Channel 7's coverage...diving accident/incident
off Placencia Peninsula, Belize.
4 Tourists Lost At Sea: 3 Survive; 1 Dead
Belize is one of the world's premier diving
attraction but tonight it is facing the greatest
diving disaster this country has seen. Tonight
all we know is that four American tourists are
missing in Belize's southern seas and they have
not been seen for over 48 hours. he four tourists
two male and two females were part of a group of
10 who left Placencia on Saturday morning on
rough seas for a snorkeling and diving tour with
Advanced Diving Tours. So far only the six
snorkelers and the two guides have returned.
7NEWS joined the searched above Placencia today
and Keith Swift has the story.
Keith Swift Reporting, [[email protected]
Somewhere in this vast expanse of the Caribbean
Sea four tourists are stranded. BDF Defender
aircrafts are leading the aerial search in the
seas off of the Placencia lagoon. For a total of
14 hours yesterday, Major Ganey Dortch flew over
miles upon miles of open sea at an altitude of
only 500 feet looking for any sign of the missing
divers. He found none and today he was back on
Major Ganey Dortch, BDF Pilot
"The Defender was dispatched to the area to
conduct a search and rescue and since then we
have done four missions, each approximately
between three and four hours. What we did was an
expanded search. Based on the currents we
established a datum and the datum is
approximately five miles east from Silk Caye from
which a search was conducted south and subsequent
to that we have been searching and concentrating
our efforts from five miles east of Silk Caye to
approximately forty miles north and then
southwest towards the Honduran coast."
See any signs of life out there?
Major Ganey Dortch,
Coordinating the search on the ground is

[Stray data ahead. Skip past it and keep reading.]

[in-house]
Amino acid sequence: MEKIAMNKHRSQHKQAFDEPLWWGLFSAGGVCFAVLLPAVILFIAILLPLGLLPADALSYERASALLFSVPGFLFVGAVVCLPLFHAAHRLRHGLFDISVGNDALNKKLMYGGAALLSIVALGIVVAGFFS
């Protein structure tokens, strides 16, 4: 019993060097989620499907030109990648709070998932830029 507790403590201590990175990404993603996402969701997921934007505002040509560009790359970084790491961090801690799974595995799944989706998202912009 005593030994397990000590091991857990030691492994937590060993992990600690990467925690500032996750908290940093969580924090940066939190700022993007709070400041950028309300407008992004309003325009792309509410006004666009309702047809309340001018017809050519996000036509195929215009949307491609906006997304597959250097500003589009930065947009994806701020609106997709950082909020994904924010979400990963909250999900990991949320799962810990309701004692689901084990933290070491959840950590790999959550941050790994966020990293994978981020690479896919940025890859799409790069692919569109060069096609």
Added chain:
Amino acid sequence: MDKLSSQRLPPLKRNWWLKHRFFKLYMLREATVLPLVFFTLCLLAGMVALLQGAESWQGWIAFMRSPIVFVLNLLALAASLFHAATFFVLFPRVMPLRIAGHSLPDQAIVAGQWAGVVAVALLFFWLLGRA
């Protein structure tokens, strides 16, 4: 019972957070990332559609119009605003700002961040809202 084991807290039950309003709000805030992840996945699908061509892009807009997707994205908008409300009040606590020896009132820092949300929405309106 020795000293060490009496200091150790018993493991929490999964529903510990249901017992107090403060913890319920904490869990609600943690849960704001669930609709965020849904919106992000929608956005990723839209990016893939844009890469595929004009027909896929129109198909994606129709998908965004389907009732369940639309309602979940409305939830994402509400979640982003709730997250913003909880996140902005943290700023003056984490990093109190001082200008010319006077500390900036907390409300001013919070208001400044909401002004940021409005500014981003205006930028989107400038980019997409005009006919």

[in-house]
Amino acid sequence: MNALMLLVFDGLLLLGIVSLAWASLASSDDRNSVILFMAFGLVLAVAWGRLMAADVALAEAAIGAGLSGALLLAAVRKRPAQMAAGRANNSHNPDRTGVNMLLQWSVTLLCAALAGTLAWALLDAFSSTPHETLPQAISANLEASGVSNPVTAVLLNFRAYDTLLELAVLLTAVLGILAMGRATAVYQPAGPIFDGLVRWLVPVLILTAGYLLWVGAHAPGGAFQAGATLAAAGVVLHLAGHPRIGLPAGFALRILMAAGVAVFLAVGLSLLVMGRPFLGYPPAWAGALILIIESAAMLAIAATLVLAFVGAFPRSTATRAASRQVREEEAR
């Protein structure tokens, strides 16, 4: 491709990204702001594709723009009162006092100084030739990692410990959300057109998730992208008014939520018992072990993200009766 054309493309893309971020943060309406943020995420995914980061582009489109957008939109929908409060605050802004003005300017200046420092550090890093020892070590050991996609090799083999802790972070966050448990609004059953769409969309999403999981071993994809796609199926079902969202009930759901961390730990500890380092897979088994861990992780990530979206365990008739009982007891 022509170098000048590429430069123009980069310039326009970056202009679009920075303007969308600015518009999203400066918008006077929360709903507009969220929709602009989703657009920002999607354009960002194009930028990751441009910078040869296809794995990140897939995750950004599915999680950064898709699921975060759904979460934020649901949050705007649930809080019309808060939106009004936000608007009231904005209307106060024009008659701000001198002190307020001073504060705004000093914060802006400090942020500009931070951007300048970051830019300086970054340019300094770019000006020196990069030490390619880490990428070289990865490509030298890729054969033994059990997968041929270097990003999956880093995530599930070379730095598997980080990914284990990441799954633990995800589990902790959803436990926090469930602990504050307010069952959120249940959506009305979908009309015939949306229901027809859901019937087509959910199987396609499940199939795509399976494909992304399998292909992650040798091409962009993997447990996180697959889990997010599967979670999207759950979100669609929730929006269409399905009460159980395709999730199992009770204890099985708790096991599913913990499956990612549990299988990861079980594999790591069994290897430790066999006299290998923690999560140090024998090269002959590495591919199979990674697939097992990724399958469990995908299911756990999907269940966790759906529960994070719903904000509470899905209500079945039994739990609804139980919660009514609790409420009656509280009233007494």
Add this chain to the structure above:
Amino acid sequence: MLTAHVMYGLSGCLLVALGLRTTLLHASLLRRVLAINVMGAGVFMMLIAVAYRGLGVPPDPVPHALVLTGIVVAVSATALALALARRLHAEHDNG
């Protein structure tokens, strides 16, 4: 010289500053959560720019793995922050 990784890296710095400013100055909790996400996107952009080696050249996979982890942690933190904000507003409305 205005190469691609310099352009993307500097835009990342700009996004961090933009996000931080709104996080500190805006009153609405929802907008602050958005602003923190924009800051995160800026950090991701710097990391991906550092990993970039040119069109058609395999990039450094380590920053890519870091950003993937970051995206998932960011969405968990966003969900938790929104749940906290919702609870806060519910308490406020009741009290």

Placencia dive expert Brian Young. He turned down
taking the group out diving on Saturday but is
now an integral part of the search.
Brian Young, Dive Master
"Right now from Placencia we have maybe a minimum
of six boats out searching right now and I'm
assisting the BDF right now with their search.
We're about to go up on a next search. These guys
have been flying from yesterday, probably putting
in over ten hours yesterday."
Major Ganey Dortch,
"Normally we will hope for three days but to be
very honest with you, one can sustain life for
seven days without food if they have access to
water. From what we have been told, with the
condition of the divers where they have wet
suits, they can actually survive in this type of
environment for approximately three to seven
That is the hope Harp Scott is clinging to. He
came to Placencia with his close friend
37-year-old nurse Nancy Masters a week ago. They
both went on the dive trip but only he returned.
Nancy is still missing.
Harp Scott, Friend is Missing
"On Saturday we went out on a snorkeling and
scuba diving trip with Advanced Diving and I
snorkeled and Nancy scuba dived. Apparently the
boat lost power and was drifting at sea and the
divers, they don't know where the divers are at
this point. Its two days now and from what we've
heard from the dive master, who they recovered
from Glover's Reef, he said they dove into the
water at some point when they could still see
Silk Caye and they tried to swim to shore."
Is Nancy an experienced diver?
"Yes she had her advanced diving certificate. She
had been diving in Caye Caulker before and she
was an experienced swimmer and the other three
divers were as well."
We know you were supposed to leave today but you
are staying. When will you give up?
"I am not sure."
But one couple leaving is Randall Schriener and
Rebecca Hey, Survivor
"Nancy and Harp were with us on Friday when we
went to Monkey River so we got to know them on
Friday and Harp doesn't know what to do, he has
just been pacing the dock. Even if we thought
that they would have picked them up on Saturday
or Sunday just knowing how much trauma that is
and now I don't they are going to pick them up at
We met them at the Phillip Goldson Airport on
their way back to Alaska.
"The six of us snorkelers got off with Vance onto
Silk Caye and the four divers stayed on the boat
and they went off to do their dive. We were
snorkeling for an hour just having fun and Vance
was watching the boat with the binoculars and